Everyone's a Critic... and it sucks!

One of life's many inevitabilities is criticism, and that applies whether you're a musician or garbageman; at some point in your life someone will criticize what you do and how you do it. It doesn't matter if the person offering up the critique is actually knowledgeable or not, virtually any comments section on the Internet should let you know that without any doubt.

I'm not sure when virtually everyone on YouTube became a sound engineer, but if you buy into what they're saying, just about everyone's new album sounds horrible. I mean, how dare these musicians think that they could possibly make music without the approval of masterful sound technicians like “JuggaKnotHead666” and the entirety of registered Metalsucks users?

While it's true that there are scads of online commentators ready to scoff at the tone of your drummer's kick or how loud your singer's vocals are, the truth is the majority of these people have never heard music before MP3s, much less ever stepped into a studio. In short, they don't have a clue of what they're talking about, but such is Internet anonymity.

Every time I read some slack-jawed, derp-tacular statement regarding guitar tone or songwriting prowess, I'm reminded of my own pursuit of what more-or-less passes as music journalism. As you may remember, I've mentioned how I don't want to ever be considered as a “real” music journalist. Not to say that there aren't plenty of intelligent, thoughtful writers out there speaking on music; it's just that most of them come across the same as any comment section, except with bigger words and slightly less typos.

Why do we even continue to bother with things like album reviews when most people just stream single songs from the Internet anyway? I've noticed a lot of people will just use their social media feed to find out whether they want to bother with downloading (legally or otherwise) someone's latest effort. The most accurate review in most people's minds is when a friend of theirs says something like “yeah, it's pretty good” or “terrible, don't bother”.

I have a feeling that most professional critics are fully aware of how relatively useless their opinions on music are so they basically just pump out a few hundred flowery words amounting to “it's not as good as their first one”. Then of course there's the mind-fuck of reading several paragraphs of a writer completely skewering an album only to get to the bottom and find that they gave it a seven out of ten.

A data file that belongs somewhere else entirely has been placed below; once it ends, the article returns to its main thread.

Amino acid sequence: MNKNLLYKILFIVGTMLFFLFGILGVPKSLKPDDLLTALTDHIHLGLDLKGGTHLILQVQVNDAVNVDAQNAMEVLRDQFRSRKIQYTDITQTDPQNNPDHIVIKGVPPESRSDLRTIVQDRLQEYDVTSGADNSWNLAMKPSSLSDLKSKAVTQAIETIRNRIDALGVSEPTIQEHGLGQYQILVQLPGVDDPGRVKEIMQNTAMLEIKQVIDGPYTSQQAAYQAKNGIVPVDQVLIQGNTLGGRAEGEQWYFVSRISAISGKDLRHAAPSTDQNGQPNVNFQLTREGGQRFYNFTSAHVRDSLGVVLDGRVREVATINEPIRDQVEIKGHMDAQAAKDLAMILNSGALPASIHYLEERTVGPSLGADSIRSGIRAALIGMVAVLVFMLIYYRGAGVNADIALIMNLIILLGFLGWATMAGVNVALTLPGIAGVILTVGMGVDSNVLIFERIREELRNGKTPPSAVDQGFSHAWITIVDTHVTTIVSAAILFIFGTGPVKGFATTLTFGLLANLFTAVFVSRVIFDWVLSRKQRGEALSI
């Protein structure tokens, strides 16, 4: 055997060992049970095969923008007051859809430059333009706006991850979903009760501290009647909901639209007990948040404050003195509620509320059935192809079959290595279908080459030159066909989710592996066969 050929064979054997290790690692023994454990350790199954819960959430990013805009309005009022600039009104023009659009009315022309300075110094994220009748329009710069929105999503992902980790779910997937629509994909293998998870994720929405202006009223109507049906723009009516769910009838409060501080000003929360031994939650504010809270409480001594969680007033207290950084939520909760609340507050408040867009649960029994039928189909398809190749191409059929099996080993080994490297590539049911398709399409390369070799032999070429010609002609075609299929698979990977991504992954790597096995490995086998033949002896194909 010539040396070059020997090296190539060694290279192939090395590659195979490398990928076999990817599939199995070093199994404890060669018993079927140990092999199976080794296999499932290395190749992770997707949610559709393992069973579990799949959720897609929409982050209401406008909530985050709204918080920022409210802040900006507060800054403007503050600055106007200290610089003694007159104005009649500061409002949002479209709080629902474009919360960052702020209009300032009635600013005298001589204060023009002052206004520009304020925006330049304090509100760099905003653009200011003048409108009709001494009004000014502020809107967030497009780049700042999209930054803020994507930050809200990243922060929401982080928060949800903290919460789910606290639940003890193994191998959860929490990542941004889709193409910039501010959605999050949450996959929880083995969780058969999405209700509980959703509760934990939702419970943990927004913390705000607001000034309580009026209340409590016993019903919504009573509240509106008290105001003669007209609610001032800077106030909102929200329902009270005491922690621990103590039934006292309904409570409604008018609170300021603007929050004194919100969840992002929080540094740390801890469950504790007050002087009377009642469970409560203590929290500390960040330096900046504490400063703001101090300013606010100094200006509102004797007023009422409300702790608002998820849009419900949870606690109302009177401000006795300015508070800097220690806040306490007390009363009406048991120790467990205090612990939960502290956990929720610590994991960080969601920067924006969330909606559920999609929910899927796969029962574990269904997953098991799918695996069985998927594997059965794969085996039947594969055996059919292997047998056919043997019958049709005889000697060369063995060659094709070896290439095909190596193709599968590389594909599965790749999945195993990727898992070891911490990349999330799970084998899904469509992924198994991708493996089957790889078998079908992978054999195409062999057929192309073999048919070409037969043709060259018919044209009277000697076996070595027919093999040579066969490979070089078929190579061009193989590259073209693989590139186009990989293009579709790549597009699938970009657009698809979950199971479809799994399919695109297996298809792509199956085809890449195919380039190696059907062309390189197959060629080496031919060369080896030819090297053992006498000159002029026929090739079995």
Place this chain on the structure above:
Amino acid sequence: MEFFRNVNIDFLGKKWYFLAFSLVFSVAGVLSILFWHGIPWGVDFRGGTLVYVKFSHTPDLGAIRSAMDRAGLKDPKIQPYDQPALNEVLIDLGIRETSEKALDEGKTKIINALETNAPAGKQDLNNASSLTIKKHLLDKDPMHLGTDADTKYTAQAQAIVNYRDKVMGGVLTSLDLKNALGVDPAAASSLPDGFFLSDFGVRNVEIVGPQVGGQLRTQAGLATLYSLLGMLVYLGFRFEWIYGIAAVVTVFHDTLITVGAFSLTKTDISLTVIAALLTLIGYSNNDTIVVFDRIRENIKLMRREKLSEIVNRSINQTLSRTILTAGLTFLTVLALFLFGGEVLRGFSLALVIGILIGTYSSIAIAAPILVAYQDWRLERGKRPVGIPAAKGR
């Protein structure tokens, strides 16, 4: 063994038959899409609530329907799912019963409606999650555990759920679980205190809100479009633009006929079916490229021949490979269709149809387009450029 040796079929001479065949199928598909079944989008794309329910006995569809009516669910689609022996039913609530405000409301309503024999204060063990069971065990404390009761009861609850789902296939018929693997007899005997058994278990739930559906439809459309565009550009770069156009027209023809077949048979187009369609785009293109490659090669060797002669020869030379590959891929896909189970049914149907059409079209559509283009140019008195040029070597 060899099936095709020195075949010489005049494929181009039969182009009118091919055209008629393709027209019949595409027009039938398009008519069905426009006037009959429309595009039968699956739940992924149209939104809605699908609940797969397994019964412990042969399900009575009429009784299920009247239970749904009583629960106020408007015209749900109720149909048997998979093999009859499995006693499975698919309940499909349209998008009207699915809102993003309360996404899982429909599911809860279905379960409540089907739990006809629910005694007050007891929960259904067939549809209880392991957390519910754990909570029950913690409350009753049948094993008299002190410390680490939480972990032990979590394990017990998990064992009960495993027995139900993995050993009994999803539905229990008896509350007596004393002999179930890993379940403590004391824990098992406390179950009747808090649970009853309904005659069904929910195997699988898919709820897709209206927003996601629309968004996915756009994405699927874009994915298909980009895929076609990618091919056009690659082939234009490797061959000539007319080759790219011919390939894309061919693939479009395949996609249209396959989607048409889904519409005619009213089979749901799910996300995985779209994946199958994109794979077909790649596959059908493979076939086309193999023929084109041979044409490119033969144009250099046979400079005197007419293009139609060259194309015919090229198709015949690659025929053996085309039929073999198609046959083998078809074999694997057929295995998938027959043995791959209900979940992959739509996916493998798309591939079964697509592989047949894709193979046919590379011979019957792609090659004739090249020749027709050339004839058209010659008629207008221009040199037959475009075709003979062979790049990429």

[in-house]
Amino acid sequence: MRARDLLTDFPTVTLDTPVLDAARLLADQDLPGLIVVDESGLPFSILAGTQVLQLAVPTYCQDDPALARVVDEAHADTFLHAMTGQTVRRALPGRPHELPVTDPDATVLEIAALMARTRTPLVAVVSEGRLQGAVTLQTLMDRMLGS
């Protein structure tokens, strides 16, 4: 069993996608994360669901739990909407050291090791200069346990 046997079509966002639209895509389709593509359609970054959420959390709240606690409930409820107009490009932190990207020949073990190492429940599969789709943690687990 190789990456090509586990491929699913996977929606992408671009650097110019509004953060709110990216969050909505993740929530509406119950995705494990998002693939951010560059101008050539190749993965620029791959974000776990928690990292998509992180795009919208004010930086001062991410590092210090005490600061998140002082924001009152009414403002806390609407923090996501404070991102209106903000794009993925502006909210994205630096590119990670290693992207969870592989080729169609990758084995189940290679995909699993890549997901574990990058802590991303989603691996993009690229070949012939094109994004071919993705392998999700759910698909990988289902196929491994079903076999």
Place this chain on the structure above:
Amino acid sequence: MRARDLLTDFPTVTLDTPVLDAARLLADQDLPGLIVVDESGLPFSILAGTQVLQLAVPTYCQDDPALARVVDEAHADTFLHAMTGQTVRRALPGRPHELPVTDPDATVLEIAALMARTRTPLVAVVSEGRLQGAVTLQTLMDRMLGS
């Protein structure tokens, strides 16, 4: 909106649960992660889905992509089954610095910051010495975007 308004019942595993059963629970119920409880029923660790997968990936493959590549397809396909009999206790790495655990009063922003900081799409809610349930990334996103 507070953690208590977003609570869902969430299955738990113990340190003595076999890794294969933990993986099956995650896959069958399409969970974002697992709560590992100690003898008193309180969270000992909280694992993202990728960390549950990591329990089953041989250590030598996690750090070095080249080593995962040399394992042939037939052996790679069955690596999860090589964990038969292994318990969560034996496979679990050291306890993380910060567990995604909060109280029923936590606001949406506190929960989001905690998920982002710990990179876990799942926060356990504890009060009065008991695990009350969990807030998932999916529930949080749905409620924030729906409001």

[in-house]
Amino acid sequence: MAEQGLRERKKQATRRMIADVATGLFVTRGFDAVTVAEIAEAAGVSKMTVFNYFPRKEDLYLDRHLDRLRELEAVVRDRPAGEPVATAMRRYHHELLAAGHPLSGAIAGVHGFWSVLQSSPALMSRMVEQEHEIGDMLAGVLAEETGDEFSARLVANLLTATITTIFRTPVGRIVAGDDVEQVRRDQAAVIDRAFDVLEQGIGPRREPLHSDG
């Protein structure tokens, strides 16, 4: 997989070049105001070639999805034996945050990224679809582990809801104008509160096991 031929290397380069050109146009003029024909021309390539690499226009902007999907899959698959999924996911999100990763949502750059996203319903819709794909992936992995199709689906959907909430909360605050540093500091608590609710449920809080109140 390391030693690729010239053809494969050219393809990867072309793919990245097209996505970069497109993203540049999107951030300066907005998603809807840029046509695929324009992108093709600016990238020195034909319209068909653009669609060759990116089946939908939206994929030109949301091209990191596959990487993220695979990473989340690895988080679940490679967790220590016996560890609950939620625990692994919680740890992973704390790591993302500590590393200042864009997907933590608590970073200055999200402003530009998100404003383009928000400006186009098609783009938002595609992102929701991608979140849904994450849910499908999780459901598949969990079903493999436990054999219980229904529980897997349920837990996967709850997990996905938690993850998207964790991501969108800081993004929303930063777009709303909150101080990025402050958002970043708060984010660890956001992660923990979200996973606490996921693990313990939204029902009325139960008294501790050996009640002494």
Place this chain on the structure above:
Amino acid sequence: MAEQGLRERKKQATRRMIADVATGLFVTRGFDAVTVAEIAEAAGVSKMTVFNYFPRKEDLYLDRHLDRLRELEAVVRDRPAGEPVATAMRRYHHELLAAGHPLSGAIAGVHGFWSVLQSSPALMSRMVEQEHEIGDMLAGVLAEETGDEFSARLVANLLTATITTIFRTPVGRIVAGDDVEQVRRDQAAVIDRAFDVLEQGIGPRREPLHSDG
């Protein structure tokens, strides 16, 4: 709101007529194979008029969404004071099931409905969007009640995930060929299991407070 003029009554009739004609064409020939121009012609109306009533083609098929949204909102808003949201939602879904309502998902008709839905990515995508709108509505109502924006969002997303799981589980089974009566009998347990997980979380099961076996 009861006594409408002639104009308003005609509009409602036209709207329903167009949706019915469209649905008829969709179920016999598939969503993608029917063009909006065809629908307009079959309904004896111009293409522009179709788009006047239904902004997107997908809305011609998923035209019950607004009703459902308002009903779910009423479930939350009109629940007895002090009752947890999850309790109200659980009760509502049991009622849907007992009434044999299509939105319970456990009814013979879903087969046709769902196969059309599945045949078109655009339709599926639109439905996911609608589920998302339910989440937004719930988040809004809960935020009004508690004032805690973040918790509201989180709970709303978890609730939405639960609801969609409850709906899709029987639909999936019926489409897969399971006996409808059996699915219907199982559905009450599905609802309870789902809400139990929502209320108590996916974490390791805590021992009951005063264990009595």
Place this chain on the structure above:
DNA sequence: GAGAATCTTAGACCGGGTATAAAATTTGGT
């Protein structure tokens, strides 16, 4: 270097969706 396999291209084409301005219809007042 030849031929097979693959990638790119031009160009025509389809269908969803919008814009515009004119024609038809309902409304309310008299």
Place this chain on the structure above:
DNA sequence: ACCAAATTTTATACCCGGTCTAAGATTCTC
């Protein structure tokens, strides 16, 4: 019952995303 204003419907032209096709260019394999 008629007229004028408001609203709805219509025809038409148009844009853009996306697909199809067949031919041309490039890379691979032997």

There's not much of a way to tell who is getting paid to write a good review and who's getting paid to be objective and honest. However, there is a plethora of writers who are just as passionate about music as any musician and spend hours fine-tuning every sentence in order to fully illustrate how good or bad an artist's latest attempt at artistic glory is; it's just too bad a lot of those people aren't getting paid. 

Ultimately, I'm not sure music should even really be criticized at all, that's right, even the really bad stuff. After all, the concept of a great album is purely subjective and furthermore, no matter how good or bad someone's music is, there is an audience for it. There's no honor or glory in taking a proverbial dump all over a collection of sounds that someone probably put a part of their soul into.

So I say to hell with criticism unless it's there to inspire positive change and I can assure you that no one in those comments sections and very few music journalists are actually attempting anything even remotely close to something positive. Besides, most musicians I know are self-critical enough without the barbs of strangers fresh out of music appreciation class tearing at a skin already worn thin by disapproving friends and relatives.

However, the only way to avoid criticism is to never create anything, and never strive for greatness in any endeavor. This is just short of impossible for someone who is passionate about their chosen medium, whether it be highly-sophisticated musical theater or Crust Punk. The hardest and perhaps most important part of putting your music, and part of yourself, out there under the watch of the public eye is learning to not only accept criticism, but not let it bother you. Society in general loves to nit-pick, criticize and ridicule; it's important for us to recognize and respond accordingly to what's done for the sake of being constructive and what's essentially just pointing and laughing.

No comments:

Post a Comment